With all its cool accessories and rigs, consumers can take their GoPro cameras with them to record themselves doing sports like surfing or biking, or to capture hilarious car videos or home pranks.
However, just when you were getting bored of recording these types of videos, you may soon find new ways to use your GoPro.
GoPro announced the launch of a developer program at a private event in San Francisco, its latest attempt to bring its cameras everywhere.
Well, actually, the GoPro Developer Program has quietly been up and running for more than a year, with more than 100 companies and developers integrating the camera with their products.
"Over the last few years we've been excited by the creativity and enthusiasm other brands have demonstrated when integrating GoPro into their own solutions," Nick Woodman, CEO and founder of GoPro, said in a statement.
With its official announcement, we learned that some of the big companies taking advantage of the program are BMW and Fisher-Price.
In the program, developers are able to create apps, mounts and devices.
For example, GoPro showcased BMW's M Laptimer app, which tracks the car's telemetry data, including speed and location that syncs with the GoPro to provide video playback. The app will be available to download this summer.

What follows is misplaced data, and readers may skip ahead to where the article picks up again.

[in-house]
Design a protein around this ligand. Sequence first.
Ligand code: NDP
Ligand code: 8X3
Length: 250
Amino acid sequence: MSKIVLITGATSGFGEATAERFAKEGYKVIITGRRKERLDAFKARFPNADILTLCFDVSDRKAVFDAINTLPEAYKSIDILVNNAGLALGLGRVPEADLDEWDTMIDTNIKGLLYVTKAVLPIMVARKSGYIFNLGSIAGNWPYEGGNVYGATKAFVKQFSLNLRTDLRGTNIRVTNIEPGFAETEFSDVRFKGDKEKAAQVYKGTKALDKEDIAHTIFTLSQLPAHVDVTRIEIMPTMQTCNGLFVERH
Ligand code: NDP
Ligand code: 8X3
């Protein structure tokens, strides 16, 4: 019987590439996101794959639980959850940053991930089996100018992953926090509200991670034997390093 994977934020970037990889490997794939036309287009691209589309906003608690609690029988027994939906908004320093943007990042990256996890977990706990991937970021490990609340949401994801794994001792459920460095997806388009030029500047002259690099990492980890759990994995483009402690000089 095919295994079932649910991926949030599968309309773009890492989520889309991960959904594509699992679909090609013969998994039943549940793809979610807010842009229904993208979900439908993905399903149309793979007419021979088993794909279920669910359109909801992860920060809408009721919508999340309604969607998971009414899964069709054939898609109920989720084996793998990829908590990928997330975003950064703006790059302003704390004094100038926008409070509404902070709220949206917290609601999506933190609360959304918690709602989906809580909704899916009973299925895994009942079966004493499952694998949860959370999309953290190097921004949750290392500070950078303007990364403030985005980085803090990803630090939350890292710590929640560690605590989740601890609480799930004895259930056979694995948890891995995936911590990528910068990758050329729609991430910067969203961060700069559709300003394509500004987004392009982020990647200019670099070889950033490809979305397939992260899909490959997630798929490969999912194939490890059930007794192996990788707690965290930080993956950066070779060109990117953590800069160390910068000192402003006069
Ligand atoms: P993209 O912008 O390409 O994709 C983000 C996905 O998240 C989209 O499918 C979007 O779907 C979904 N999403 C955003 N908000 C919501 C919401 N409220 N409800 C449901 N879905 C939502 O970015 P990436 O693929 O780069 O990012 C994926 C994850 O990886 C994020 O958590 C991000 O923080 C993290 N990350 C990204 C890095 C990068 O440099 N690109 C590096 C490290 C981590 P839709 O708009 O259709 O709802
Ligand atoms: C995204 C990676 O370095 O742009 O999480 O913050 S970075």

The children's toy-maker Fisher-Price developed a new mount that would allow GoPro's HERO4 Session and Hero+ cameras to be attached to their various products in its Jumperoo, Walker and Gym lines. These include a walker and a jungle gym that has the cameras looking down at the toddler so that the parent can keep a watchful eye on them. This will be extremely helpful when cooking dinner and watching the baby play in the next room from a smartphone.
As far as devices go, Timecode Systems' SyncBac Pro created one that attaches to the back of a HERO4 Silver to increase TV and film post-production workflow.
"The GoPro Developer Program is a way for us to celebrate the innovative work of our developer community and more importantly, help enable what comes next," Woodman added. "We're grateful to benefit from the collective genius of the participating developers and we're excited to now officially support their efforts with our developer toolkits."
The toolkits for iOS and Android allow developers to add GoPro wireless connectivity to their apps, along with the ability for users to control the camera from inside the app (clicking the shutter, changing the mode), as well as manage media (download, delete videos).
Those interested can apply to the Developer Program on the company's website for $99 a year if accepted.
This program has also been announced alongside another, called "Works with GoPro," which serves as a product-verification system for companies that integrate the cameras.
From the sound of it, GoPros will continue to pop up everywhere. Of course, we remember that the company added Periscope integration back in January. This is only one of many apps (among other things) to come.
Photo: superidoljp | Flickr